Recently I've been watching Katie Puckrik's perfume collection videos on YouTube (her blog is in my blogroll-check it out). She has so much perfume that the collection video is split up into 6 parts. It is soooo interesting to see what she has and what she loves and why.
So I got to messing around on ThePurfumedCourt.com, which does decants of about a zillion different fragrances. That means that they have big huge bottles of perfume and decant those huge bottles into smaller bottles so that you can try things out or just buy a smaller amount of perfume than a full bottle would hold. This is excellent for a person like me because I am basically a perfume whore. I have learned that I should only get roller-ball perfumes AT THE MOST and I'm not allowed to buy a full sized bottle of something until I use up that little bottle completely. I flit around from scent to scent and the only perfume I've ever actually used up is from Victoria's Secret. Dream Angels- Heavenly. It used to smell really amazing on me but lately it's been sorta... bland.
Lately I have really been curious about Chanel fragrances because they are timeless and people who wear them RAVE about them. So far the only ones I've really worn are Coco Mademoiselle and Chance, both of which are poo-pooed as being too modern and too young and too gourmand and just for the uninformed masses. (And both of which I like anyway, although I've said before the Mademoiselle has a tendency to wear me instead of the other way around). So I decided to branch out.
Using makeupalley.com and basenotes.net, I found 6 Chanel fragrances that are classic and timeless. The Perfumed Court does samples sets where you pick a number of fragrances and the size you want them to come in, and then they ship them to you. I had mine in about 4 days. Here's what I got.
Chanel No. 5 EDP
This stuff is the classic Chanel perfume, and every time I've smelled the bottle in the store I have immediately recoiled in horror. It seems way too loud and there's something rather "grandma" about it. But when I put it on, it's nice and complex and a little spicy. And then it dries down to jasmine soap and smells sort of generic. And then it disappears completely- No. 5 does not have great staying power on me. This was created by Ernest Beaux in 1921. The '20s seem to be the time period for classic Chanel that has been around forever.
Chanel No. 22
Soooooo similar to No 5 it's a little scary. This was made in 1922, also by Ernest Beaux, who definitely has a signature fragrance. No. 5 and No. 22 both have Jasmine and Aldehydes and Ylang-Ylang, but 22 has more Rose to it where 5 has a little more Sandalwood. On me they dry down to VERY similar scents, but No. 22 seems to last a bit longer on my skin.
Cuir de Russie
Another Ernest Beaux creation, this one from 1924. I ADORE this stuff, which just figures because it's only sold at Chanel boutiques (the lady has expensive taste)- good thing for me that I can get this online! The literal translation of this is "Russian Leather" and it's supposed to smell leathery and a little animalistic but on me it's delicious spices and I pretty much want to eat my own wrist. This is sexy, but not overwhelming at all. I can tell it is in the same family as No 5 and No 22 but this is more complex and not as floral- it's got mandarin, bergamot, balsams, incense, cade wood, and the jasmine and rose and ylang-ylang are in the lower range of things. I think that men could probably wear this too. It's not that girly.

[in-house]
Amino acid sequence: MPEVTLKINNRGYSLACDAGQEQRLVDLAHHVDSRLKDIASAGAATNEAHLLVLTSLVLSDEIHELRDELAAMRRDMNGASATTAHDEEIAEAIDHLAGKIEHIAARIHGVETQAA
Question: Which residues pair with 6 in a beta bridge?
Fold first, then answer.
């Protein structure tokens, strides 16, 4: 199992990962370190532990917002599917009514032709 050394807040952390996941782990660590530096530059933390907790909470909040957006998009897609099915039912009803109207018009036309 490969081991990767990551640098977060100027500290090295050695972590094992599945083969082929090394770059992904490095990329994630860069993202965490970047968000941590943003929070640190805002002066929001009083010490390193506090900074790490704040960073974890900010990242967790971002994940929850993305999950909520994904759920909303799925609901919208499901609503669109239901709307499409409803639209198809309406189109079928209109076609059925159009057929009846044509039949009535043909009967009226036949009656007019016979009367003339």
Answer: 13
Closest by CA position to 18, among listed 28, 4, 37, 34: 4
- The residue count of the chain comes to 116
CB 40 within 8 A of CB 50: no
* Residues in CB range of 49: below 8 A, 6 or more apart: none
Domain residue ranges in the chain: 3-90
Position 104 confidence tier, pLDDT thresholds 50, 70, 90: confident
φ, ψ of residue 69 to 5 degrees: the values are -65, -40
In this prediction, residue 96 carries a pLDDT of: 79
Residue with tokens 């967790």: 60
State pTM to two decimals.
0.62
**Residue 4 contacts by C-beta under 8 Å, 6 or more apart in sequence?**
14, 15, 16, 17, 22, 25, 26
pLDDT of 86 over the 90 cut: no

This is another of those stupid exclusive perfumes you can only get in boutiques. I thought I'd really like this because it's got all of the stuff I love- amber, patchouli, woods, vanilla and some chocolate. And it does smell really good, but it doesn't seem nearly as complex to me as Cuir de Russie or No. 5. This one was created in 2007 but I'm sure it was inspired by the older Beaux perfumes.
Bois des Iles
This one I also thought I'd really love but instead it's left me a little cold. The notes sound like a modern perfume- jasmine (of course, this is a Beaux perfume so where there's jasmine there's gotta be ylang-ylang), damask rose, bitter almond, gingerbread, vanilla, tonka bean, sandalwood, and vetiver. Considering how most of these notes sound like they'd be in the latest celebrity fragrance, I was surprised to find out this was created in 1926 by good old Beaux. This will probably be better in summer weather when it is warmer so I think I'll try it again then.
Okay, this was my least favorite of the bunch but that doesn't mean I didn't like it. I just wasn't wowed by it. The first time I tried it, it disappeared. The second time I was overwhelmed by the jasmine and hyacinth- this is a really floral perfume. I think it's another one to try when the weather warms up. It wasn't disagreeable, just not quite right for me. This was created in 1971 and seems to have every single note but the kitchen sink in it. And still fades fast.
Overall I was really impressed by how balanced all of these perfumes were. None of them has a note that really stands out more than another, and none of them gave me a headache or anything like that. And I'm also impressed by how close they stay to the body. These are not fragrances that a person can smell before they see you. (I'm only using one little spray, I'm not taking a bath in the stuff.) These are all fragrances that say, "Heelloooo handsome, you should lean in a little closer because I smell enchanting. Let's snuggle. Go make me a drink." When I smell other perfumes now they seem to bash me over the head with their single notes or the lack of balance. (I'm looking at you Flower Bomb and Stella.) I feel like Chanel has given me an entire perfume education in six little sample bottles and now I can't go back.